I walk up and up and up and finally reach the top. I rotate and take in the view. Familiar peaks dot the horizon. The high-country days are numbered this time of year, and since I won’t be skiing this winter, I took advantage of the first day I was able to walk up high.
My knee is doing okay, as I recover from knee surgery, if you’re wondering. Some days it’s great, then others some sharp pain suddenly strikes, and I sadly limp around. I’ve heard the healing journey isn’t linear and, well, it’s true and, dang, it’s mentally taxing. It’s kind of crazy how much my state of mind correlates with how my body feels.
But fortunately, I have friends to help occupy my time, lots of work, physical therapy, and lots of walking.
When I was coming down from the summit, it took forever! I definitely didn’t account for the extra time but made it home before it got dark, luckily.
My brain is a little lost right now, trying to juggle some difficult work projects, and not being able to plan anything fun outside. I feel like I’m swimming the opposite direction through a school of sharks.
This month will be a little different though. A friend invited me on a trip to raft the Grand Canyon and I can’t tell you how excited I am for the simple desert life and letting my stress dissipate into the river. Although, I am a wee bit nervous about the big rapids, we have a strong crew who I trust a lot.
The Grand Canyon is a special place for me. I started coming here as a way to heal my heart and so I hope this time it will help a little with healing my mind and body.
I feel pretty grateful right now despite the struggles. I’m equally excited to return home to friends and family after the river trip. I’ve been leaning on them a lot lately and I realize how all the big adventures I like to do are possible because of their ceaseless support. To be honest, one of the good things about being injured is that when I’m with them it’s solid time with them and I’m not needing to go out the door to train for whatever it is I’m doing. I can totally relax and just hang out. And maybe herein is some of the wisdom in the hardship.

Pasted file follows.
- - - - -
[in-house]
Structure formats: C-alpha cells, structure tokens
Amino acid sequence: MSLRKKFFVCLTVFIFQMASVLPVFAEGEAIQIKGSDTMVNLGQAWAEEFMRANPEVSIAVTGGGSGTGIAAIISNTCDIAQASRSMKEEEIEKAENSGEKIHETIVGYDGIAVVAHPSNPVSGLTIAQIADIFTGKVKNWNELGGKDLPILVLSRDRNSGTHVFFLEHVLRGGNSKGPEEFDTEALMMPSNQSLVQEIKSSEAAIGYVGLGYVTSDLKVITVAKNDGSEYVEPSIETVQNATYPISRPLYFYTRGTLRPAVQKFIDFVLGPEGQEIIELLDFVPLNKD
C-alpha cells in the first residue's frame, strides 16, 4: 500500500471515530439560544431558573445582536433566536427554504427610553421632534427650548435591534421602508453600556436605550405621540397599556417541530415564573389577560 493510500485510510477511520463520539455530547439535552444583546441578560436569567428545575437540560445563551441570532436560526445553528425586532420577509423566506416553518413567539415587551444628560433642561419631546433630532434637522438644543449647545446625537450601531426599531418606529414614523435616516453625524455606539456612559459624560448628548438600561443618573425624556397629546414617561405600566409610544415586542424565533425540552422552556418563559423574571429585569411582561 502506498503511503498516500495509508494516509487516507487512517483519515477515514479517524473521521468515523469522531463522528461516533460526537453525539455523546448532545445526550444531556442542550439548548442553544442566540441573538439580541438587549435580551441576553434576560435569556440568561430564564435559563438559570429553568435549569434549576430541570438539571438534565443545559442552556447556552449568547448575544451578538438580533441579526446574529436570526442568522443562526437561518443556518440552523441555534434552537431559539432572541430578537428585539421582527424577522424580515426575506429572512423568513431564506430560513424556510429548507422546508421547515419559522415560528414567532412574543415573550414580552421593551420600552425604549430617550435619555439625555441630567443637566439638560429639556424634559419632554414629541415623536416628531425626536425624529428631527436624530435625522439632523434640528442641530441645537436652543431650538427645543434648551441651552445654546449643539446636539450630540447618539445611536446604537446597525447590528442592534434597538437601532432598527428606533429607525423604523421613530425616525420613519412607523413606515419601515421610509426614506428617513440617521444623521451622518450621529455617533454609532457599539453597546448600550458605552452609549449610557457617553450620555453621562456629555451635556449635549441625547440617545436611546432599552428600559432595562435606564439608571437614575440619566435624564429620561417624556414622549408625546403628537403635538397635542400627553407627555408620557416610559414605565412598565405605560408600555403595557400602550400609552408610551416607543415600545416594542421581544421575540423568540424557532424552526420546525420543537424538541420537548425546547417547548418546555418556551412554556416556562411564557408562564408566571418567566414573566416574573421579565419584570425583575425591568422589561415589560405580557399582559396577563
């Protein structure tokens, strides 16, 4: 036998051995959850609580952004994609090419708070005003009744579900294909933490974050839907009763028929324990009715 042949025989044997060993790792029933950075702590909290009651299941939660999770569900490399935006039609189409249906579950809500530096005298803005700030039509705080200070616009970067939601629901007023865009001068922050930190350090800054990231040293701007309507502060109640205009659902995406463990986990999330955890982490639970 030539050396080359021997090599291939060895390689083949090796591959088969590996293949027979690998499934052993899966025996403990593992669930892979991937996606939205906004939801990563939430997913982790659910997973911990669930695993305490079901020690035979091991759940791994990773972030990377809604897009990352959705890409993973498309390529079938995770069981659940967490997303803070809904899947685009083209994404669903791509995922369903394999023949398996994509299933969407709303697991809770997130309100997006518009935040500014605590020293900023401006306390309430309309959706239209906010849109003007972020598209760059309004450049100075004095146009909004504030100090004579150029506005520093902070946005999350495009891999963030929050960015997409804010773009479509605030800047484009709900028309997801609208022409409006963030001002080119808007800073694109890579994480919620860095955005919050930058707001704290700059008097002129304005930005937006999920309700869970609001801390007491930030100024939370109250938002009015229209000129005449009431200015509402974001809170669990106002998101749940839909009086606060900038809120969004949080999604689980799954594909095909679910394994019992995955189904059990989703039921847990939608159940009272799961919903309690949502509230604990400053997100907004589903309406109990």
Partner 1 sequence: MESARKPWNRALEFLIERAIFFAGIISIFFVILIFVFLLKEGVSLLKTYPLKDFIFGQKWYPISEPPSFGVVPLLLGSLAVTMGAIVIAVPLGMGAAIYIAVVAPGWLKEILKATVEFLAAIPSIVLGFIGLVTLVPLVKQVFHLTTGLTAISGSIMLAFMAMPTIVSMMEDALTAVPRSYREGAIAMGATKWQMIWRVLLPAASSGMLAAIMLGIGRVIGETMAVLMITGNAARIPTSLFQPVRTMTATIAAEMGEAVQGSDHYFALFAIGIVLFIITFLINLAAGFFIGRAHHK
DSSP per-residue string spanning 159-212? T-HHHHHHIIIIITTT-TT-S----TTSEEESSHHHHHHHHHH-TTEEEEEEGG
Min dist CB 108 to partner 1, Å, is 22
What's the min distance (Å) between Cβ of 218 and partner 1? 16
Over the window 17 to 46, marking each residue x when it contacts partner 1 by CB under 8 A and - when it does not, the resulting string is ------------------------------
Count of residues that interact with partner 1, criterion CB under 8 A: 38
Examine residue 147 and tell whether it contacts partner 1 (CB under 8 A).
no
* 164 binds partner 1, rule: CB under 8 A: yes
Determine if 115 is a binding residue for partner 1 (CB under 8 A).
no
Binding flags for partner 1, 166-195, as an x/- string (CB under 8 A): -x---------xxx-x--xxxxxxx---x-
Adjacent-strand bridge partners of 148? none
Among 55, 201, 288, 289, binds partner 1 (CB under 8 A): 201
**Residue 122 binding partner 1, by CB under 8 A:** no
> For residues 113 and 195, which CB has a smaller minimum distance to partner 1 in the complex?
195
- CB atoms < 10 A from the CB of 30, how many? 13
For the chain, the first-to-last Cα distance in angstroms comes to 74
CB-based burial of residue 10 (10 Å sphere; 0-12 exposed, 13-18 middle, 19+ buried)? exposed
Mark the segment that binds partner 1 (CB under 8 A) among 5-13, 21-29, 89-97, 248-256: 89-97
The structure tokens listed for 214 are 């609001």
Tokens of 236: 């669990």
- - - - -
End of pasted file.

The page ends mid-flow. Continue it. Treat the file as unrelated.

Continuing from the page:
Quite a while ago I let go of my idea of what I had to do to be an athlete. I used to be pretty obsessed with hitting certain miles and doing a long run every weekend, but a few years ago my GPS watch stopped working. Unwilling to spend $500 on a new one, I bought a $10 Casio on Amazon. It does what any good watch should do, tells the time. I feel like it loosened the grip on what training was for me and instead just made me run by how I feel, as opposed to looking at my pace or running around the block at the end of a run just to round up to the next mile.
In college I had a photography teacher who told us that the best camera to use is the one you have on you. So many people buy fancy, big cameras and think that’ll help them take good photos but it’s the person’s eye for aesthetics that makes a good photograph, not a $5,000 camera.
We all get wrapped up in trying to be the best we can be, but this injury has taught me that it’s okay to literally just be.
Call for Comments
- Do you take Hannah’s approach to training, running mostly by feel?
- Or do you prefer to have some metrics to guide you?